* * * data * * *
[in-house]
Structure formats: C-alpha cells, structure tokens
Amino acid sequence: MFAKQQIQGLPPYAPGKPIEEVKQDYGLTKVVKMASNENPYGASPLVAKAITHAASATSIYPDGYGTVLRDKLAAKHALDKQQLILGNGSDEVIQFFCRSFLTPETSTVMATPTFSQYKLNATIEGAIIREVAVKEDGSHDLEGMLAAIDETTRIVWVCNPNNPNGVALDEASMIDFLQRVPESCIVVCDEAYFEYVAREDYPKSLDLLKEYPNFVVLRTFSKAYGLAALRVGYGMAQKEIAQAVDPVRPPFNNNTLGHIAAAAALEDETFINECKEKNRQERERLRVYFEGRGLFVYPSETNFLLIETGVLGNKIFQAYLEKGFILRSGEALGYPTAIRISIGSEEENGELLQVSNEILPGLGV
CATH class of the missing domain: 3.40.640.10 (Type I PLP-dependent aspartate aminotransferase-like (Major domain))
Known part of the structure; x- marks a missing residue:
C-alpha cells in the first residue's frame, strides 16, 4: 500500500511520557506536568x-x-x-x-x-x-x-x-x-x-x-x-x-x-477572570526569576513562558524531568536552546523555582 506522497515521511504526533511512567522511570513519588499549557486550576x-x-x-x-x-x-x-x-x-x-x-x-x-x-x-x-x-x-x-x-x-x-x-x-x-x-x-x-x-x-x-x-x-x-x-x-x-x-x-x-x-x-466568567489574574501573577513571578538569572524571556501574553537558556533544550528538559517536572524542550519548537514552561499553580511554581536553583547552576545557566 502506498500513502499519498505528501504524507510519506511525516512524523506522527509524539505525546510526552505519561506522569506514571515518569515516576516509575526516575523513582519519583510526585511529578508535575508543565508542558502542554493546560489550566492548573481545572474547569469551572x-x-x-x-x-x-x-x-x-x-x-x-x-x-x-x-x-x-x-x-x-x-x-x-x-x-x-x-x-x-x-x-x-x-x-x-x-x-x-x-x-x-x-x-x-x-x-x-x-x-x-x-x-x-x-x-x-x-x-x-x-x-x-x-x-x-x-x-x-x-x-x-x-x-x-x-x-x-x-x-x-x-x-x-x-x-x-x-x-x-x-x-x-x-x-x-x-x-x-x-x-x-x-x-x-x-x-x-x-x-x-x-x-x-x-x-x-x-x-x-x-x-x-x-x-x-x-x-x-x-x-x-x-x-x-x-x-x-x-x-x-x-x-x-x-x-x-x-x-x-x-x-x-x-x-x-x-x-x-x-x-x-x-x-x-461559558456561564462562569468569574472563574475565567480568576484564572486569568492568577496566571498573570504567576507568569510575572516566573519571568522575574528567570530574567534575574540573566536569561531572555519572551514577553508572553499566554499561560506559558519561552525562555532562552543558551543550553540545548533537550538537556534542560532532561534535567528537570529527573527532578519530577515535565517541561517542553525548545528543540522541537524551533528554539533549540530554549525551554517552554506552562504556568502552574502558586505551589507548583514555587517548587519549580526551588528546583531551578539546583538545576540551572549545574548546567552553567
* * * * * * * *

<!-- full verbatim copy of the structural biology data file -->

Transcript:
[in-house]
Structure formats: C-alpha cells, structure tokens
Amino acid sequence: MFAKQQIQGLPPYAPGKPIEEVKQDYGLTKVVKMASNENPYGASPLVAKAITHAASATSIYPDGYGTVLRDKLAAKHALDKQQLILGNGSDEVIQFFCRSFLTPETSTVMATPTFSQYKLNATIEGAIIREVAVKEDGSHDLEGMLAAIDETTRIVWVCNPNNPNGVALDEASMIDFLQRVPESCIVVCDEAYFEYVAREDYPKSLDLLKEYPNFVVLRTFSKAYGLAALRVGYGMAQKEIAQAVDPVRPPFNNNTLGHIAAAAALEDETFINECKEKNRQERERLRVYFEGRGLFVYPSETNFLLIETGVLGNKIFQAYLEKGFILRSGEALGYPTAIRISIGSEEENGELLQVSNEILPGLGV
CATH class of the missing domain: 3.40.640.10 (Type I PLP-dependent aspartate aminotransferase-like (Major domain))
Known part of the structure; x- marks a missing residue:
C-alpha cells in the first residue's frame, strides 16, 4: 500500500511520557506536568x-x-x-x-x-x-x-x-x-x-x-x-x-x-477572570526569576513562558524531568536552546523555582 506522497515521511504526533511512567522511570513519588499549557486550576x-x-x-x-x-x-x-x-x-x-x-x-x-x-x-x-x-x-x-x-x-x-x-x-x-x-x-x-x-x-x-x-x-x-x-x-x-x-x-x-x-x-466568567489574574501573577513571578538569572524571556501574553537558556533544550528538559517536572524542550519548537514552561499553580511554581536553583547552576545557566 502506498500513502499519498505528501504524507510519506511525516512524523506522527509524539505525546510526552505519561506522569506514571515518569515516576516509575526516575523513582519519583510526585511529578508535575508543565508542558502542554493546560489550566492548573481545572474547569469551572x-x-x-x-x-x-x-x-x-x-x-x-x-x-x-x-x-x-x-x-x-x-x-x-x-x-x-x-x-x-x-x-x-x-x-x-x-x-x-x-x-x-x-x-x-x-x-x-x-x-x-x-x-x-x-x-x-x-x-x-x-x-x-x-x-x-x-x-x-x-x-x-x-x-x-x-x-x-x-x-x-x-x-x-x-x-x-x-x-x-x-x-x-x-x-x-x-x-x-x-x-x-x-x-x-x-x-x-x-x-x-x-x-x-x-x-x-x-x-x-x-x-x-x-x-x-x-x-x-x-x-x-x-x-x-x-x-x-x-x-x-x-x-x-x-x-x-x-x-x-x-x-x-x-x-x-x-x-x-x-x-x-x-x-x-461559558456561564462562569468569574472563574475565567480568576484564572486569568492568577496566571498573570504567576507568569510575572516566573519571568522575574528567570530574567534575574540573566536569561531572555519572551514577553508572553499566554499561560506559558519561552525562555532562552543558551543550553540545548533537550538537556534542560532532561534535567528537570529527573527532578519530577515535565517541561517542553525548545528543540522541537524551533528554539533549540530554549525551554517552554506552562504556568502552574502558586505551589507548583514555587517548587519549580526551588528546583531551578539546583538545576540551572549545574548546567552553567